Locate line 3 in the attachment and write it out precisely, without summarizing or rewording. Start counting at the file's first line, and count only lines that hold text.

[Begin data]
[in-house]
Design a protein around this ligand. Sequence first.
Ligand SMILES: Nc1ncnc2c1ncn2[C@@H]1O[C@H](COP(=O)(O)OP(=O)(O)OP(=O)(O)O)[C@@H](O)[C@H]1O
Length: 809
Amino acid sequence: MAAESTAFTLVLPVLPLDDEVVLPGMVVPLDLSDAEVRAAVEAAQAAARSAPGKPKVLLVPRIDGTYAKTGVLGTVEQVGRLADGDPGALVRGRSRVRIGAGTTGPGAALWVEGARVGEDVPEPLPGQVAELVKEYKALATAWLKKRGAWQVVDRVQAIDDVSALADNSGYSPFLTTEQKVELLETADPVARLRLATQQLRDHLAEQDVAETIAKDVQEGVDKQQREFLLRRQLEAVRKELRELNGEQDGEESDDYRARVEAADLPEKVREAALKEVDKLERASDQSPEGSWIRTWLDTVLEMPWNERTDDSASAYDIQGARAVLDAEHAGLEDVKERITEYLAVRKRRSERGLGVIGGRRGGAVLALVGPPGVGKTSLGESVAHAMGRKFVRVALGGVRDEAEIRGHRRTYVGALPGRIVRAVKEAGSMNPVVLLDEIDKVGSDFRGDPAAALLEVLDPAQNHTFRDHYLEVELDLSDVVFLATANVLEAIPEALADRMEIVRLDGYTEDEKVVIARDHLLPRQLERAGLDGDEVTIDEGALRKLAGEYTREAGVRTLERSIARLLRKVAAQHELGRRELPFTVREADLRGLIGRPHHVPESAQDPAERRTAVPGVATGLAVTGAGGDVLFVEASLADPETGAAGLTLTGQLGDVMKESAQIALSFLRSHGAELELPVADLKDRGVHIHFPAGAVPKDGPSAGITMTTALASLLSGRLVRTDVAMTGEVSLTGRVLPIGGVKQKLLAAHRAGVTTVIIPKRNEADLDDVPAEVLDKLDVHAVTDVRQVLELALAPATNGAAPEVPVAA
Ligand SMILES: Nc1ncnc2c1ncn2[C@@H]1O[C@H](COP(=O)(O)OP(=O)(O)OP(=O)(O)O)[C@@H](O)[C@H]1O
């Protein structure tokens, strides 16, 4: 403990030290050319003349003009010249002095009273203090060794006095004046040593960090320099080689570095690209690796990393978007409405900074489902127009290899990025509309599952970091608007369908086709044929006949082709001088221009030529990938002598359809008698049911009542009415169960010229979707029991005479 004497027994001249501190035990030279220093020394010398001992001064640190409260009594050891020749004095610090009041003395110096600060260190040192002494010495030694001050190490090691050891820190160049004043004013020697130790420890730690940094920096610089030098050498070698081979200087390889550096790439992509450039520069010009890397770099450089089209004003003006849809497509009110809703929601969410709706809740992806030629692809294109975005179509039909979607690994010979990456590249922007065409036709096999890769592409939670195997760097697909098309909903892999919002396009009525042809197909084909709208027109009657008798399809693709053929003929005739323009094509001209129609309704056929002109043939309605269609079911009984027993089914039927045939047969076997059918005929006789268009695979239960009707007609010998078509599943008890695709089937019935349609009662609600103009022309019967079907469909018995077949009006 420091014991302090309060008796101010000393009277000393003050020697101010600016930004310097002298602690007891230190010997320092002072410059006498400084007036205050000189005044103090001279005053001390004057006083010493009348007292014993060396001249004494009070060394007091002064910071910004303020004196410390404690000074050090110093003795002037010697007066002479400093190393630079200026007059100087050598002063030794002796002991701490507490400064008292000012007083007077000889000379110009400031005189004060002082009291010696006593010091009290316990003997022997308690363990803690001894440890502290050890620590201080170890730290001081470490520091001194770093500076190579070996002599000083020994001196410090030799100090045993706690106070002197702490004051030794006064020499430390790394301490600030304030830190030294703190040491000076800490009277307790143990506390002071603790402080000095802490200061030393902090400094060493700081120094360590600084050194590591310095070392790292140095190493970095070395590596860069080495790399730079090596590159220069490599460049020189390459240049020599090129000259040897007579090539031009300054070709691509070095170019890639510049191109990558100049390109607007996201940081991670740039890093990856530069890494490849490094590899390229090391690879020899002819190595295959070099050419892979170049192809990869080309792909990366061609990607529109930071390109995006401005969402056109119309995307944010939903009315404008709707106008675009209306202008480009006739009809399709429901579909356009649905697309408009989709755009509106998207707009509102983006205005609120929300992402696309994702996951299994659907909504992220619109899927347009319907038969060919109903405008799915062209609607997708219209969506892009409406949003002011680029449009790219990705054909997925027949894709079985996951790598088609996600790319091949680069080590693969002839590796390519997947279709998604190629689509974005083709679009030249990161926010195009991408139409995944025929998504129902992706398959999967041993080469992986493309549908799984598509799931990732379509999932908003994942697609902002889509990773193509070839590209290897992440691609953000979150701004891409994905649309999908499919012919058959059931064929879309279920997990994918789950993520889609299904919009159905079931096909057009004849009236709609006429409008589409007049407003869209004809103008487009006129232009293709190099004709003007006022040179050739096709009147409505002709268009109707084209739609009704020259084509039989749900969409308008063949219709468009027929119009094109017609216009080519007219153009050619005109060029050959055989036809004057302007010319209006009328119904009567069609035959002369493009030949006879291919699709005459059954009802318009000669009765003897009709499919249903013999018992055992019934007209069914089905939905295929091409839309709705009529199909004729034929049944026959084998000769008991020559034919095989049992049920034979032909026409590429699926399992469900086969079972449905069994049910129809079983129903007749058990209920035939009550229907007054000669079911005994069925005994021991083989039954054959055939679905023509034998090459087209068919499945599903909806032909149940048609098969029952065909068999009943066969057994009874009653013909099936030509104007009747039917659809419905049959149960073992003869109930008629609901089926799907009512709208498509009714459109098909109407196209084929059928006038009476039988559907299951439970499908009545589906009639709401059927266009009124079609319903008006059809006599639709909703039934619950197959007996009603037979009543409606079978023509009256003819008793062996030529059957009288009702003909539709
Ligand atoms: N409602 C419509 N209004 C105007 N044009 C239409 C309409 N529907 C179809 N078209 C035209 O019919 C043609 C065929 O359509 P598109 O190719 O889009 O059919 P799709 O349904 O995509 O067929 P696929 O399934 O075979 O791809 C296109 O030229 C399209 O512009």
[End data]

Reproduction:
Ligand SMILES: Nc1ncnc2c1ncn2[C@@H]1O[C@H](COP(=O)(O)OP(=O)(O)OP(=O)(O)O)[C@@H](O)[C@H]1O